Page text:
How to gain more policy card slots
How many slots for Policy cards you have available depends directly on your Government type. Because of the many bonuses provided by Policy cards, it is recommended to try to obtain as many Policy card slots as possible. One can increase your amount of Policy card Slots by doing any of the following:
- Changing to a more advanced Government - When you start the game, you are in a Chiefdom with only 2 slots, but as time goes on you can adopt new forms of government with more slots (2, 4, 6, 8). In Gathering Storm, you can unlock a Tier 4 government with 10 card slots.
- Playing as one of the following:
- Building Alhambra - Grants +1 Military Policy Slot.
- Building Big Ben - Grants +1 Economic Policy Slot.
- Building Potala Palace - Grants +1 Diplomatic Policy Slot.
- Building Forbidden City - Grants +1 Wildcard Policy Slot.
- Using Adam Smith's Great Person ability (in vanilla Civilization VI) - Grants +1 Economic Policy Slot.
- Invoking a World Ideology Government Type in the World Congress (Gathering Storm) - Grants +1 Wildcard Policy Slot.
- If the Secret Societies game mode is enabled, the Owls of Minerva grant +1 Economic Policy Slot in the Ancient Era and +1 Wildcard Policy Slot in the Industrial Era.
- If the Dramatic Ages game mode is enabled, playing as Georgia will grant +1 Wildcard Policy Slot while in a Golden Age.
Completing as many of the above conditions as possible will net a maximum of 14 Policy card Slots (vanilla version only), as it is impossible to play as both Greece and Germany at the same time. This number is changed to 13 in Rise and Fall and up to 15 in Gathering Storm. If the Secret Societies game mode is enabled, the maximum number is 15 in Rise and Fall and up to 18 in Gathering Storm!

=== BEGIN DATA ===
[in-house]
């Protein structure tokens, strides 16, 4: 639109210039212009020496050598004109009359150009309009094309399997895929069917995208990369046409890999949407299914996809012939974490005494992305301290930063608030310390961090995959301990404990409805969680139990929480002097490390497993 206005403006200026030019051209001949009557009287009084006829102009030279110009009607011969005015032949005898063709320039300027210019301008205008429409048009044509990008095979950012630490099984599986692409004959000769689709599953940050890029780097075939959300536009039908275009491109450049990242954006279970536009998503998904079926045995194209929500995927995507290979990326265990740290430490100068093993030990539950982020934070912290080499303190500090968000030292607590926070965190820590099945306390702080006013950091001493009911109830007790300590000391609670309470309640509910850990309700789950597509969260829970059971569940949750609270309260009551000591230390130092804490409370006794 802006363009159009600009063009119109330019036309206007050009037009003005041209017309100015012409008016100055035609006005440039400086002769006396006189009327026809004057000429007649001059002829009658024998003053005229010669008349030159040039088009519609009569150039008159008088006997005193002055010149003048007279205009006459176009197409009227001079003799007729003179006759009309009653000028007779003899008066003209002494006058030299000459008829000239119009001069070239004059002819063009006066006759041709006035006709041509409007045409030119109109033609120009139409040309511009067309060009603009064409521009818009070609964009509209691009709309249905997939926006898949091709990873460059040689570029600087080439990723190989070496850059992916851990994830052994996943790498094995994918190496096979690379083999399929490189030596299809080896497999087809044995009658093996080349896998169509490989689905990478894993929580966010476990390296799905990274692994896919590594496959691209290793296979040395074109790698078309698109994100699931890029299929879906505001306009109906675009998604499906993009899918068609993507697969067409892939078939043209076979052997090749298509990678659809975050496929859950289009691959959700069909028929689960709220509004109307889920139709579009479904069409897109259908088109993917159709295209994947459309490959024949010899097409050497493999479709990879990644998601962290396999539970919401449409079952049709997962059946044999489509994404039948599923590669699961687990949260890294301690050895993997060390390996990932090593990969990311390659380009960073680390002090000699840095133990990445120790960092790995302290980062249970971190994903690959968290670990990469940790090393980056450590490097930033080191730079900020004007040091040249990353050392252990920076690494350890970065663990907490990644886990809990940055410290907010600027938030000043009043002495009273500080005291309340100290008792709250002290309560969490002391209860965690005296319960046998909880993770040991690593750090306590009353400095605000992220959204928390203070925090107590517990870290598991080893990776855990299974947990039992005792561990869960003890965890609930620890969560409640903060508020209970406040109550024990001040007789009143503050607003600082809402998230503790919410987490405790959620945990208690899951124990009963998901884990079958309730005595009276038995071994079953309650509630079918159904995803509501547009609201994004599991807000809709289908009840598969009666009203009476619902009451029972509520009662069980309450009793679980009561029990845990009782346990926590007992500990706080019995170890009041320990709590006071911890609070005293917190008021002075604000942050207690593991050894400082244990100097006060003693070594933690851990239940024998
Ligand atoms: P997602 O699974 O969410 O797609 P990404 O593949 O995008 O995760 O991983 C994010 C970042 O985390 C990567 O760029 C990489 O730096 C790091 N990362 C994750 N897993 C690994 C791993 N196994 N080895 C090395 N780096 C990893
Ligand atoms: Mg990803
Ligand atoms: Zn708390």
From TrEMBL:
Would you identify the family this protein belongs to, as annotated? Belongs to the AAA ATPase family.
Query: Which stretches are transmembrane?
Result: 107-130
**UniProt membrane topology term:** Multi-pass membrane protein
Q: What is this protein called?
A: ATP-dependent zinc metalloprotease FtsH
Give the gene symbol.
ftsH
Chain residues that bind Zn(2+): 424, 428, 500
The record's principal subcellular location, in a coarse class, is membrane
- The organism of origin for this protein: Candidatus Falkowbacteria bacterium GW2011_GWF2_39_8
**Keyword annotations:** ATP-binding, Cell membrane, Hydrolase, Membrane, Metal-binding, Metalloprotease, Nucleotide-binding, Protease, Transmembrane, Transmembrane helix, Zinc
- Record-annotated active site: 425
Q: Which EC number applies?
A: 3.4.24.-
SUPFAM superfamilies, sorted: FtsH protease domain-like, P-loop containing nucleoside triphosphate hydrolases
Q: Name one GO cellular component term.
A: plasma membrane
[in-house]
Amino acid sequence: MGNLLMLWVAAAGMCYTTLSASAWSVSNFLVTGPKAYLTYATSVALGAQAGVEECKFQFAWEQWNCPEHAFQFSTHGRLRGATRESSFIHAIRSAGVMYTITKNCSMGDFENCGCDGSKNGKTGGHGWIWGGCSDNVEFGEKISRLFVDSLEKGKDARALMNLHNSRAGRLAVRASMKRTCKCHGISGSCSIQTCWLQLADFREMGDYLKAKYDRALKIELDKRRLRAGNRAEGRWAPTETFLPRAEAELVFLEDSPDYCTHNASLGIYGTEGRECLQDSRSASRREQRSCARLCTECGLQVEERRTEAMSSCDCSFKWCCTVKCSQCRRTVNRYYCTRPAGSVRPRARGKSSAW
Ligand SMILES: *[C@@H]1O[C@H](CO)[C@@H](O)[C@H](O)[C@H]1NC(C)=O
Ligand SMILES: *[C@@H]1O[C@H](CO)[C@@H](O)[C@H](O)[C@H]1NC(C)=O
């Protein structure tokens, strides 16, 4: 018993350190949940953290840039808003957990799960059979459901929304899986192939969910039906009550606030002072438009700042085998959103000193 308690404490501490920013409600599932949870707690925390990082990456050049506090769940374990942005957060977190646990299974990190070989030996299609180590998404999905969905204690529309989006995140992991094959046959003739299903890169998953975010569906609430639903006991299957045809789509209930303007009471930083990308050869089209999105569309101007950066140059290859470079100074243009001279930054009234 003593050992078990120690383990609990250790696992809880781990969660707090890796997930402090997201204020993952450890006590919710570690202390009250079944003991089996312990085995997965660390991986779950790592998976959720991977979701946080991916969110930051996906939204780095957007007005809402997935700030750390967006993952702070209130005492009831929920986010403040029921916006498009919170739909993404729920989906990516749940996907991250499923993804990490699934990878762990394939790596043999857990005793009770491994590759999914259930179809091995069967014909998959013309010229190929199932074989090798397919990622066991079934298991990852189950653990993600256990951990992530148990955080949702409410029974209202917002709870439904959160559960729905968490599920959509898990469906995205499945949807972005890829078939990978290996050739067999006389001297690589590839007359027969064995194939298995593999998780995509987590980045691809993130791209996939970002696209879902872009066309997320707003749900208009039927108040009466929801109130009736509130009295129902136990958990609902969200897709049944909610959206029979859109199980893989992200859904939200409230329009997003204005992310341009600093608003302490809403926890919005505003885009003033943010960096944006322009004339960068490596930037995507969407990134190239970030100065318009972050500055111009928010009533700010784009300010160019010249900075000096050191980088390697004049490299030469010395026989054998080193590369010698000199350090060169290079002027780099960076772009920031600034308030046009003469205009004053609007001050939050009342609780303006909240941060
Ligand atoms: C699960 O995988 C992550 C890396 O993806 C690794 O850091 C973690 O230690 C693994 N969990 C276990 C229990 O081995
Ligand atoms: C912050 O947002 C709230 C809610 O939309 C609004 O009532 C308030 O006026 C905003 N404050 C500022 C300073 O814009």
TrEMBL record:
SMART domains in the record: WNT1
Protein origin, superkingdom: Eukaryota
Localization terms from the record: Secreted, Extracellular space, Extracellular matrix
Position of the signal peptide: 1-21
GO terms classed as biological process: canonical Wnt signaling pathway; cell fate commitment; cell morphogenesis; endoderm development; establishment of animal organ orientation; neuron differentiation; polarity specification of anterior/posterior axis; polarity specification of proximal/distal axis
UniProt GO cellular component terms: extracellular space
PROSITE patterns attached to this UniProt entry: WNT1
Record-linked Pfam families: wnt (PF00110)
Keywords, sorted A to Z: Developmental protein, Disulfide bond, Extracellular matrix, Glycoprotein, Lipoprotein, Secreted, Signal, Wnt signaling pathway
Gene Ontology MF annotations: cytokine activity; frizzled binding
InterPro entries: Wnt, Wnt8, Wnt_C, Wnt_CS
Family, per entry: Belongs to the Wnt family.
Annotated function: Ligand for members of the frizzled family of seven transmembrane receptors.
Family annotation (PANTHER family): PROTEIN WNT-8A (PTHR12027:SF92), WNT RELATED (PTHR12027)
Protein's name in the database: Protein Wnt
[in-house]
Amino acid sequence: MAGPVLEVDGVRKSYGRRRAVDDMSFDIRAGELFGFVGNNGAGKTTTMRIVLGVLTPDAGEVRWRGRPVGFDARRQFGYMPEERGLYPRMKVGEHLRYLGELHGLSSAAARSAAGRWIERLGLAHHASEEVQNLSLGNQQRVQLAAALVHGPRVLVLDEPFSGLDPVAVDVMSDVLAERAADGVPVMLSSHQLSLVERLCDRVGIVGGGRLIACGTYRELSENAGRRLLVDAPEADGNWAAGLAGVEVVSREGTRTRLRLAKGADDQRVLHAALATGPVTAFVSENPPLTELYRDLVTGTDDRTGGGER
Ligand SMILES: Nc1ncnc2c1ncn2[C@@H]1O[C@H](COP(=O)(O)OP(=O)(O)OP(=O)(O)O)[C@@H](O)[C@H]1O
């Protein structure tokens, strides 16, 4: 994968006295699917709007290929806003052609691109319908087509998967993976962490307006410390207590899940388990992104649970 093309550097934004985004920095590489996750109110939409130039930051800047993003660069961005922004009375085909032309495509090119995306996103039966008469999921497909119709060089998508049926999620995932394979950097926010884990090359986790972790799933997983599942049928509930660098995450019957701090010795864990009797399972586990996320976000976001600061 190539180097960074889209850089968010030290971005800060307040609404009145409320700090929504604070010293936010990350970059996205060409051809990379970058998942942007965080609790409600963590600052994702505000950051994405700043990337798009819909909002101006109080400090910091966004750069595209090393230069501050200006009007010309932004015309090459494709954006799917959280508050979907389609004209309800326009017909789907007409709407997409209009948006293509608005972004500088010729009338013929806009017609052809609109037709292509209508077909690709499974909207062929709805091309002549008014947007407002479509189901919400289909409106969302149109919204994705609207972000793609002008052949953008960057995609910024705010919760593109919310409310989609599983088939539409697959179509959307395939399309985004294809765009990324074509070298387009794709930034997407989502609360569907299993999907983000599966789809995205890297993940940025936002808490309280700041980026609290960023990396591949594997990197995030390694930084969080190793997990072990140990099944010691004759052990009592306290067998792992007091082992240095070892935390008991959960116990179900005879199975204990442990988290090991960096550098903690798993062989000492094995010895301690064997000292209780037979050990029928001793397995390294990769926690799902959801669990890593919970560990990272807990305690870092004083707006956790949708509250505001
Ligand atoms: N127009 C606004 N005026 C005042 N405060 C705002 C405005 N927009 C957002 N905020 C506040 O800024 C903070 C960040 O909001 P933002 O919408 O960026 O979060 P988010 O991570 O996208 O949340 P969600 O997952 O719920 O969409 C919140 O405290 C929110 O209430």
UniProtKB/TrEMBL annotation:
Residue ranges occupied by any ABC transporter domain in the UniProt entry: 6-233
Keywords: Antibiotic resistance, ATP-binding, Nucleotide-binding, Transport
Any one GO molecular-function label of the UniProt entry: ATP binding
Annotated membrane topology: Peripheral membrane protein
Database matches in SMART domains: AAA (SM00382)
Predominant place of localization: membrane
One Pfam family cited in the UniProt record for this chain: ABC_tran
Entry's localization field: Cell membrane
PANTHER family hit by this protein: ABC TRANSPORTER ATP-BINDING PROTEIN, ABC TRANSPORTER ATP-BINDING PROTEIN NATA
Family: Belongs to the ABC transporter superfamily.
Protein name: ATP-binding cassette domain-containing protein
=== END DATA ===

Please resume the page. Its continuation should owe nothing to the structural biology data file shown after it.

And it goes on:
Policy changes in Rise and Fall
The first expansion to Civilization VI brings small but important changes to many Policies. Most of them have been tweaked so as to include the new Loyalty mechanics. New Policies have been added for the same reason, as well as to benefit the new and enhanced Alliances system. There is one notable change, however: Policies which previously provided a 100% increase in yields from district-specific buildings (e.g. Science from Libraries, Universities, and Research Labs) have now been conditioned to only provide it in cities with 10+ Population, or districts with +3 or better adjacency bonuses. This makes it much more difficult to actually get the bonus, and in practice limits its usefulness in many cities, which was probably a balancing decision.
Finally, Legacy bonuses from Governments have been removed and are now represented as Wildcard Policies, which can be adopted after you switch away from a given government.
Dark Age policy cards
Dark Age policy cards are a new type introduced in Rise and Fall. As their name implies, they can only be adopted by civilizations that are experiencing a Dark Age. They must be placed in Wildcard slots, and provide potent benefits...at a price. Read their descriptions carefully and make sure you can live with the drawback in order to gain the benefit!
Different Dark Age policy cards become available as the game progresses, as seen in the table here.
Policy changes in Gathering Storm
The latest expansion brings many new Policies. Many of them are related to the new way Strategic resources are handled; the rest are the late-game Policies from the Future Era which bring powerful effects capable of tipping victory progression not only of your own civilization, but of your rivals' as well!
Also, a very important change was made regarding Era-specific Policies: namely, they now work for all previous Eras, as well as the new ones (previously they would only work for the 2 latest Eras, and not for the older ones). This makes them much more universal and gives advanced civilizations a logical advantage across the board, instead of just for their current Era-specific units and wonders.
List of policy cards
- Main article: List of policy cards in Civ6